Neymar scored three times to help Brazil beat Peru 4-2 in their 2022 World Cup qualifier this week.
It wasn’t the most memorable hattrick in football history or even his Brazil career – it was comprised of two penalties and a tap-in – but in doing so he moved to 64 goals for his national side.
After the match he paid tribute to Ronaldo, who scored 62 times for the Selecao, writing “All my respect for you PHENOMENON” on Instagram.
On Wednesday, the 44-year-old responded with a touching tribute to the Paris Saint-Germain star:
“All my respect for you Neymar!
“He plays a lot, gives assistance, plays, dribbles and thrashes. The sky is the limit. Fly, kid!
“What a beautiful story you are writing. A complete and increasingly mature player. Crack! Handling the pressure off the pitch is sometimes more challenging than the ball itself.
“Now tell me: where did we come from, where did we arrive…who is going to tell us what is impossible? Keep trusting your instincts because the talent is yours and nobody can take it from you.
“You have a lot of records to overcome and marks to leave. Proud to see a Brazilian at the top!”
Neymar needs 14 more goals to overtake Pele’s 77 and become Brazil’s record goalscorer, and he must play 40 more games to overtake Cafu’s record of 142 appearances.
Given he’s 28, it’s far from inconceivable that Neymar could end his career with both records in the bag.
Even if the forward never played for his country again, his international career would be the envy of many a footballer. He has scored 64 goals and assisted 43 in 103 appearances for arguably the most storied national team in the sport, after all.
However, there’s an extra pressure when it comes to representing the five-time World Cup winners.
The Selecao’s most legendary players – the likes of Pele, Ronaldo and Cafu – earned their status not only through their goals and appearances, but by winning football’s greatest prize.
Neymar’s international career isn’t without silverware. In 2013, he helped Brazil win the Confederations Cup, and three years later he captained their under-23 side – as an overage player – to a gold medal at the 2016 Rio Olympics.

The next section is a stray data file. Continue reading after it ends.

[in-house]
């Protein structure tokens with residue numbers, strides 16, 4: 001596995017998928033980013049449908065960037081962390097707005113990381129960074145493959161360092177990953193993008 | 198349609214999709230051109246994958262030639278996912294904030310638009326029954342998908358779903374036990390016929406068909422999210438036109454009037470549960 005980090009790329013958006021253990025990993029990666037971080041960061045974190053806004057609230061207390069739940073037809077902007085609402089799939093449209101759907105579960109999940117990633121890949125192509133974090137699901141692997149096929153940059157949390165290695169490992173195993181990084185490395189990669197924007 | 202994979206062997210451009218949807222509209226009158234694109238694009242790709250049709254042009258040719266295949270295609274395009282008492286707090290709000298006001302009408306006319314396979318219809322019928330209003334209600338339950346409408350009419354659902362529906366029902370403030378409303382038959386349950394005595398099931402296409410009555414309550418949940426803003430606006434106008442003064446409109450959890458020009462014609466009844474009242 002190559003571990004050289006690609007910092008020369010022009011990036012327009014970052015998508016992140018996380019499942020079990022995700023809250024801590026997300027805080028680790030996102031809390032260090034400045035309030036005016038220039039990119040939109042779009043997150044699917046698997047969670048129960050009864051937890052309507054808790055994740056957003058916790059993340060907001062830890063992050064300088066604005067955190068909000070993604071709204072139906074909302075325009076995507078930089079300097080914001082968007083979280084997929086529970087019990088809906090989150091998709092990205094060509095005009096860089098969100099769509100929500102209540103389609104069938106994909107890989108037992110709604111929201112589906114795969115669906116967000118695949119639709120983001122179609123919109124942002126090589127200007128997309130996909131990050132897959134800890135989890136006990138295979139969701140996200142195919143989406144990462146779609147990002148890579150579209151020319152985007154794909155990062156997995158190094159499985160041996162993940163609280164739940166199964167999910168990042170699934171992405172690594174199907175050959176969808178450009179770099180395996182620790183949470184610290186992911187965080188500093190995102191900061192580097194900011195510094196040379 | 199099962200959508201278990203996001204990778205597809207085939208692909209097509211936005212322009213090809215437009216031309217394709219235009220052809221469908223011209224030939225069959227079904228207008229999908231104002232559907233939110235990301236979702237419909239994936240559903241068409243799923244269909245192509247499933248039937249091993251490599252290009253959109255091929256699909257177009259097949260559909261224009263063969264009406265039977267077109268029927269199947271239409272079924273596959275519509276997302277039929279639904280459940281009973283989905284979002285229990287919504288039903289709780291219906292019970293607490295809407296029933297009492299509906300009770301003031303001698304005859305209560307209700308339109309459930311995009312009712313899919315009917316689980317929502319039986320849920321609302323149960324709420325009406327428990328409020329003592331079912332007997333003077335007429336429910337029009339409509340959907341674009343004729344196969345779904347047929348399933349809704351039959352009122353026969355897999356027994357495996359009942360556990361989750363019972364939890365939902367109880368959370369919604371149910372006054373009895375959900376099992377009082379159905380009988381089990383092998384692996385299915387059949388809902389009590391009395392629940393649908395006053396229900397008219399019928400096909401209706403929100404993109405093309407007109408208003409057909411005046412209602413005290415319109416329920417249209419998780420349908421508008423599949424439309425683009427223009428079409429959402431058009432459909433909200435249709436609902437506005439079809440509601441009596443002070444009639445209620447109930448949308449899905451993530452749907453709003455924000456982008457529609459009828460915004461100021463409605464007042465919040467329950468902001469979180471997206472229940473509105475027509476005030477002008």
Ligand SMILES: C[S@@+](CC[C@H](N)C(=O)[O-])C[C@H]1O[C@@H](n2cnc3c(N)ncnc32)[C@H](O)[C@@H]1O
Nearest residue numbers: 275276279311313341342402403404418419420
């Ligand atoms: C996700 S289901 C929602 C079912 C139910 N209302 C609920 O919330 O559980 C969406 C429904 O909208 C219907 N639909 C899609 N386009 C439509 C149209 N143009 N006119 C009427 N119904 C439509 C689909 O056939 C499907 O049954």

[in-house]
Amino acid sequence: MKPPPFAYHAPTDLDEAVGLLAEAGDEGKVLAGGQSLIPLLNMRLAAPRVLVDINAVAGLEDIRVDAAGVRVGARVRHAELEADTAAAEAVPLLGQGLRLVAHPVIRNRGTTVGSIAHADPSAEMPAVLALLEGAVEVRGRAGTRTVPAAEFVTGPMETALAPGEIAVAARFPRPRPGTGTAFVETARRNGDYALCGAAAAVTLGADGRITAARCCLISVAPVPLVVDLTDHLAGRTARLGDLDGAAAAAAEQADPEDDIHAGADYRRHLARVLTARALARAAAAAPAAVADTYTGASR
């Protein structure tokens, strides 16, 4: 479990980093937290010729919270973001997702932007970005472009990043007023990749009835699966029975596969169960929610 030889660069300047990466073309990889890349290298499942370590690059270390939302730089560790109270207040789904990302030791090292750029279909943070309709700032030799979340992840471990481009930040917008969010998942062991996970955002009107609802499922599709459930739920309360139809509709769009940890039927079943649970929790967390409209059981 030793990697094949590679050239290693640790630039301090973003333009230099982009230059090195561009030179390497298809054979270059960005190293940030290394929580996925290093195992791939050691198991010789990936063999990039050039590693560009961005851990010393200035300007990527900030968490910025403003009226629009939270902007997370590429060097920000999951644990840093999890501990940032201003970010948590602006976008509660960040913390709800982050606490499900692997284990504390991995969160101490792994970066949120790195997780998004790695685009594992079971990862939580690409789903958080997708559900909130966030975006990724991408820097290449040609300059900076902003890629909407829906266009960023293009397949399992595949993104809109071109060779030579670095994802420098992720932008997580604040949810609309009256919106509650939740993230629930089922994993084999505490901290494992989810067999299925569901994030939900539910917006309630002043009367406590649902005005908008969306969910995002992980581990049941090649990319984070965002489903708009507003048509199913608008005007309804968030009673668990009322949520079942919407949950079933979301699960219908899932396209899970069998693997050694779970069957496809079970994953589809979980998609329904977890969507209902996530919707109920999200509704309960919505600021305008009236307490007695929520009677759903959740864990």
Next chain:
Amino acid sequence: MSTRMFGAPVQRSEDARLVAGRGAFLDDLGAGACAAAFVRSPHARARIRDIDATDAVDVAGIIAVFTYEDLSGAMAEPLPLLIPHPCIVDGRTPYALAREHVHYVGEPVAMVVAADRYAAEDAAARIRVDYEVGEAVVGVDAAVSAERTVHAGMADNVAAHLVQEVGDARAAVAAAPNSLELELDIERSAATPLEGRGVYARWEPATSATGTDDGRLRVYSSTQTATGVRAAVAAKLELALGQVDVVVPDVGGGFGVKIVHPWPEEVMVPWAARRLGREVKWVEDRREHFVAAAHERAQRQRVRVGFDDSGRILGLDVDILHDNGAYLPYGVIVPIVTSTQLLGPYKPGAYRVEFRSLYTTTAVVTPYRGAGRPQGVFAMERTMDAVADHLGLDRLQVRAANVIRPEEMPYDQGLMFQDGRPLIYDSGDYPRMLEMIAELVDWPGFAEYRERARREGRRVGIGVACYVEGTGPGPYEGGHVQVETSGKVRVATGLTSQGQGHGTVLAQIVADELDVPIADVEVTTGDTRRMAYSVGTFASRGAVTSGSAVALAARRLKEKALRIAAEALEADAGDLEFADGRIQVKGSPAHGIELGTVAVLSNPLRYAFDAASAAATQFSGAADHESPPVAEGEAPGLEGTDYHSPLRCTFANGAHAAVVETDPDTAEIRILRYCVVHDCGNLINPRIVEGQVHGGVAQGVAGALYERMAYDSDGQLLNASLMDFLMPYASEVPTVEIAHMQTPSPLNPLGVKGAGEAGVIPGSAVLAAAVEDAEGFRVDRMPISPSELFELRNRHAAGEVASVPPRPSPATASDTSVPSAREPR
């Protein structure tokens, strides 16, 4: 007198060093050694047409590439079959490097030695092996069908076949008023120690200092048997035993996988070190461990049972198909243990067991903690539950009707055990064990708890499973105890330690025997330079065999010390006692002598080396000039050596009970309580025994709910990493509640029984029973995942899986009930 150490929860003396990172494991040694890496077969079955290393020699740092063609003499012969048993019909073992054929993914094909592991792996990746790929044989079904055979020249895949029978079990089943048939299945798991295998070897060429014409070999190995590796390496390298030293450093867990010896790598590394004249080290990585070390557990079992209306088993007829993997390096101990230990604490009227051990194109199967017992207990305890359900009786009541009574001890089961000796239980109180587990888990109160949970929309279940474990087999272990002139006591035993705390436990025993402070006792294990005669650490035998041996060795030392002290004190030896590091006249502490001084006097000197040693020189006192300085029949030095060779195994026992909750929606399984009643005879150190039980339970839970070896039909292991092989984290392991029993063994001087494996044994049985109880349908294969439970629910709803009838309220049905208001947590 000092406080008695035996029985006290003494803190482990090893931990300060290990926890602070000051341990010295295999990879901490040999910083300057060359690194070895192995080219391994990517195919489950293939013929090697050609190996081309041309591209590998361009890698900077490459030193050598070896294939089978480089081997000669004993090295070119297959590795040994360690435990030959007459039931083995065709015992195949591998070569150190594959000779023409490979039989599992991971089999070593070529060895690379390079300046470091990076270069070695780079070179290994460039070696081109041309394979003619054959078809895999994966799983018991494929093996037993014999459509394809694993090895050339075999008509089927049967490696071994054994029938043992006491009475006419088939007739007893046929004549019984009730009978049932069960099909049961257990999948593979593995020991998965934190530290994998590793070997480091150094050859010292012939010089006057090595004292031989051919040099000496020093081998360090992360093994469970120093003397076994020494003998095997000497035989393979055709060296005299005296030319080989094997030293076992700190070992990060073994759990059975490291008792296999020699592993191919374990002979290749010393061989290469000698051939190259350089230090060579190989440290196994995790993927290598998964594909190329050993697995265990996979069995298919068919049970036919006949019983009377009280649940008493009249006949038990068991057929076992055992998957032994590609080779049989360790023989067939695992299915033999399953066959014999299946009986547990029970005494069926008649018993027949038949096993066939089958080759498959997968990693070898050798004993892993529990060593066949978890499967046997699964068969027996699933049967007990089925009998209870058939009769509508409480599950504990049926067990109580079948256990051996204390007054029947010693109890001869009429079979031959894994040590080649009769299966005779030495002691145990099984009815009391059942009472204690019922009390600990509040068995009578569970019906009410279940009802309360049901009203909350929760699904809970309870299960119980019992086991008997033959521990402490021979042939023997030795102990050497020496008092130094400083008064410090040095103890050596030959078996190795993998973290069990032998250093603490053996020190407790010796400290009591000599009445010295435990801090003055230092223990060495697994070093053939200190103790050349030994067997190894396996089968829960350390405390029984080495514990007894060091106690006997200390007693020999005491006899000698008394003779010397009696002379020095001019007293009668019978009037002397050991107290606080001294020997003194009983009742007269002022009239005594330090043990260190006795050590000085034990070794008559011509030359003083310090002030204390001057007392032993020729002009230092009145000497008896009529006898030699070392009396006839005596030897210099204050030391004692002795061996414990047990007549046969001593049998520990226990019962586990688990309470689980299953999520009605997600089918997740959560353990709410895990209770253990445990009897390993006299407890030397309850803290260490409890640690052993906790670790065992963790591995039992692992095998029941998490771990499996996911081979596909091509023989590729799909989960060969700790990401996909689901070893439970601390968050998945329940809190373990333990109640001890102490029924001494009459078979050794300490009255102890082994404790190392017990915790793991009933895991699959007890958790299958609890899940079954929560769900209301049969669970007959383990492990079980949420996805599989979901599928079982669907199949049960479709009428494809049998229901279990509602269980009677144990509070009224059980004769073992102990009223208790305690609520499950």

He played a key role in both tournaments, scoring four goals in each as well as the decisive penalty in the final shootout of the latter.
Both victories were made all the more special by being on home soil, but neither compares to winning the Copa America or the World Cup.
The Selecao won the Copa last year, but an ankle injury suffered on the eve of the tournament meant Neymar missed out.
He was just 19 when he played in his first Copa in 2011, while in 2015 he did his team no favors by being sent off for petulance after the final whistle of their second group game, earning a four-match ban in the process.
Neymar performed well under immense pressure at the 2014 World Cup on home soil, scoring two braces, but he unfortunately suffered a fractured vertebra when he was kneed in the back by Colombia’s Juan Camilo Zuniga. The team crumbled without him in the semifinal, infamously losing 7-1 to eventual winners Germany.
Brazil exited the 2018 World Cup at the quarterfinal stage to Belgium. Neymar provided two goals and assists apiece in their five games, but his contributions to that tournament will be better remembered for a great deal of diving, playacting and a hairstyle that resembled a bowl of spaghetti.
So through a combination of bad luck and occasionally being his own worst enemy, Neymar hasn’t quite enjoyed the trophy-laden international career he otherwise might have.
It’s also important to note that the players’ whose legacy he is attempting to emulate frequently played in legendary teams surrounded by other world-class players.
While Brazil still boasts talent few nations can rival, relative to the eras of Pele and Ronaldo, Neymar’s hasn’t been a vintage period for the Selecao.
Fitness permitting, Neymar could realistically feature in two more Copas America and two more World Cups before he hangs up his boots, so there’s still plenty of opportunity for him to deliver a major honor.
To truly cement his legacy in the pantheon of Brazil’s greats, he’ll need to.